Before you toss out that really old computer stored in your garage, consider that it might be a historical artifact.

At the Computer History Museum‘s Revolution exhibit, the computer industry has, for once, been frozen in time. Everything from Digital Equipment Corp.’s PDP-1 minicomputer to the Apple II personal computer is on display. It’s a place you can go if you want to see innovation and all of its connections to the past, said Steve Wozniak, co-founder of Apple and one of the museum’s supporters (Woz is seated third from right).

The museum’s permanent Revolution: The First 2,000 Years of Computing exhibit opens to the public for the first time on Thursday at the Computer History Museum in Mountain View, Calif. It is a declaration to the world that the stuff that many people consider to be junk is really the flotsam and jetsam of a revolution. The museum has spent $19 million on its makeover to convince people it’s worth viewing. For those who aren’t familiar with the history of Silicon Valley, the museum is a good place to start.

Consider the Osborne computer (right), the subject of the now familiar “Osborne effect.” In 1983, Adam Osborne bragged about the features of an upcoming product months before it could be released, killing demand for the company’s existing products. It became one of the big no-nos of the computer age to brag about such vaporware.

“It’s one of the top four or five most important inventions in the world, like the printing press and the wheel and the cotton gin,” said Len Shustek, chairman of the museum’s board and one of the people who pushed for the museum 15 years ago. “It’s happened in such a compressed time. We are living in a time when we are going through a transition from having no computers anywhere to computers in everything we touch.”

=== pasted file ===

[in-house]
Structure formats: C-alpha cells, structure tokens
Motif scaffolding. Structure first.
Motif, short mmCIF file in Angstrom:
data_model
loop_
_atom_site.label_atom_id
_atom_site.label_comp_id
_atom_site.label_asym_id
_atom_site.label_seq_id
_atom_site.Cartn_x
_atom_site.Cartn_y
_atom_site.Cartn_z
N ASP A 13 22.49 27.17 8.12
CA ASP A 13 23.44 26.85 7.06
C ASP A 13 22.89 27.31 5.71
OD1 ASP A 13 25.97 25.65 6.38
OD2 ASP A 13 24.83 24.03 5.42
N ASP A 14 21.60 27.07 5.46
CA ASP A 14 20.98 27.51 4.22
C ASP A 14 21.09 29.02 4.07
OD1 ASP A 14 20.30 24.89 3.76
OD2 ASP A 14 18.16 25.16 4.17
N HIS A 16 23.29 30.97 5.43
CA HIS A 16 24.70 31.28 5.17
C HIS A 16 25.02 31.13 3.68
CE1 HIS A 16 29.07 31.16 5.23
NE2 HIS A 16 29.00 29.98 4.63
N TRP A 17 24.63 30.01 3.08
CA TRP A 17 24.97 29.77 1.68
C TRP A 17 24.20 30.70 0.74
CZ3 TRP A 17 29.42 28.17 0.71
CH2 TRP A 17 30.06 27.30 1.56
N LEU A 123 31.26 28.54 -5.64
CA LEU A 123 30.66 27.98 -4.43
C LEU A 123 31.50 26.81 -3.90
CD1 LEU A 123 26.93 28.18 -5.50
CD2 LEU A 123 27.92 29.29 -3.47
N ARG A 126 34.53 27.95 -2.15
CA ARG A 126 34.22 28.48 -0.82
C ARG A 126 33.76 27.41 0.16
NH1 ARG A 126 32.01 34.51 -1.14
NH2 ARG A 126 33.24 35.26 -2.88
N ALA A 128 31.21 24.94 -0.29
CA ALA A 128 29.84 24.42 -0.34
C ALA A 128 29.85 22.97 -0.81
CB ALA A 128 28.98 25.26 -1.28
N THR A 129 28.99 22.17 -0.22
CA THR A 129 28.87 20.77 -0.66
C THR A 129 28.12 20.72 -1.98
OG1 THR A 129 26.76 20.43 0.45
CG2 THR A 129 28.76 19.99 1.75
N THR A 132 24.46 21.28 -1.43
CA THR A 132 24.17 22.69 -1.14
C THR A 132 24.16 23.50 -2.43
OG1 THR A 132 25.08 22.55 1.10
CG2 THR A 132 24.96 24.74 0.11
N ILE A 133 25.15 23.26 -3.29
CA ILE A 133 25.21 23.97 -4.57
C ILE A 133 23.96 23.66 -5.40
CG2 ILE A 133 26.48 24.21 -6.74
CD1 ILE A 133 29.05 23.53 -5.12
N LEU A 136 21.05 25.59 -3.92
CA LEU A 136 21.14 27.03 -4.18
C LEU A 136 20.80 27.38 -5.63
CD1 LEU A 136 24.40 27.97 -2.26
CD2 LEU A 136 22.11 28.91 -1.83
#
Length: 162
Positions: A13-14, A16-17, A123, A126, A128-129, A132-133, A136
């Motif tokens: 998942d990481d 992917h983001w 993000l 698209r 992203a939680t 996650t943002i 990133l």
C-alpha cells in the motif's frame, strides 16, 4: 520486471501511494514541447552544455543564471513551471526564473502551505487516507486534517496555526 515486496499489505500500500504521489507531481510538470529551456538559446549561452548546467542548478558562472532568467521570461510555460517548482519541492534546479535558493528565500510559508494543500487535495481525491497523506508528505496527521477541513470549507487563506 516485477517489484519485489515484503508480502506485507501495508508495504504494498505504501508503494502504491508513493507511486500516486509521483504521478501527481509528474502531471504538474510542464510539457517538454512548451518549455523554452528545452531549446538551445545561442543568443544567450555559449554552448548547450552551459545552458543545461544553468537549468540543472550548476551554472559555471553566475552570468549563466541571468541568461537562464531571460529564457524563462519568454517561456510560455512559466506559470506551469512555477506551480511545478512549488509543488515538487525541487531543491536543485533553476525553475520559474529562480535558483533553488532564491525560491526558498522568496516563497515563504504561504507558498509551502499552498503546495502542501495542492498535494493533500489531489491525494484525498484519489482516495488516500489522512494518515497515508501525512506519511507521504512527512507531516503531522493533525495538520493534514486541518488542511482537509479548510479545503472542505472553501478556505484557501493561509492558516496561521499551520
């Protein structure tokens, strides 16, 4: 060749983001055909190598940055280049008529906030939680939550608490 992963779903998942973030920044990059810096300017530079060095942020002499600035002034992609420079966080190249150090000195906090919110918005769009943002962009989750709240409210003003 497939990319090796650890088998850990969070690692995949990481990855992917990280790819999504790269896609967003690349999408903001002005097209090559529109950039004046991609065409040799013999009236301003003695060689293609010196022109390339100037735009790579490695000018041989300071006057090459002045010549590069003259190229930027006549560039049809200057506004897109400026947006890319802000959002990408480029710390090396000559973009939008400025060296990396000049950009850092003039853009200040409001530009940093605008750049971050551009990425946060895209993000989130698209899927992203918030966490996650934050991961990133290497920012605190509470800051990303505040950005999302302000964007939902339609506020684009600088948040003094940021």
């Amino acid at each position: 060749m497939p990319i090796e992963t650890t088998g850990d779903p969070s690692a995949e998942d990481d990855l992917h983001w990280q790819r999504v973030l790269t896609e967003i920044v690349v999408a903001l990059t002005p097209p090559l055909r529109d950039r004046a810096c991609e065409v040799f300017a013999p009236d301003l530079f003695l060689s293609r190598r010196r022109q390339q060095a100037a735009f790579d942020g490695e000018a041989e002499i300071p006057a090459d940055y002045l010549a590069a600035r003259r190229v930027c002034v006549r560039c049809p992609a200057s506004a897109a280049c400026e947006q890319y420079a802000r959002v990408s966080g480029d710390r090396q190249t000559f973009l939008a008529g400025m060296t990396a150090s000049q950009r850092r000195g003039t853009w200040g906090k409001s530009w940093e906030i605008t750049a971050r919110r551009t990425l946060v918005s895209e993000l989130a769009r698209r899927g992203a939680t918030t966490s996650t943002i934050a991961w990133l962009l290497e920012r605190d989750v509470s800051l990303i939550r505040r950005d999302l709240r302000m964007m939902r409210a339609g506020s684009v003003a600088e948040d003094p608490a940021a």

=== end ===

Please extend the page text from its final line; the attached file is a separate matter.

He added, “We are here with Michelangelo as he paints the Sistine Chapel and we have to record how that happened.”

As San Jose Mercury News columnist Mike Cassidy
noted, the museum is an attempt to answer the question of “where do you take someone to show them the heart of Silicon Valley?” You can take them to the Tech Museum of Innovation in San Jose, Calif., or the Intel Museum in Santa Clara, Calif. But now there’s a new place to go where professionals have curated 19 major exhibit areas with more than 1,100 artifacts, or roughly 2 percent of the museum’s entire collection. Even the building itself is part of computer history, as it is the old sales and marketing building of graphics computing pioneer Silicon Graphics.

I once walked through the collection in the back of the museum, where you could see the notebooks of creators such as early computer architect Gordon Bell. Now much of that has been moved to a warehouse off site, and the museum itself is home to a 25,000-square-feet exhibit that you can walk through in an hour or two, Wozniak said.

The interesting thing about the computer revolution is that the story doesn’t have an ending.

“It isn’t over yet,” said Shustek.

Check out our videos featuring Len Shustek, Steve Wozniak, Al Alcorn, Don Knuth, Francis Allen and others who attended a press event this week at the museum.



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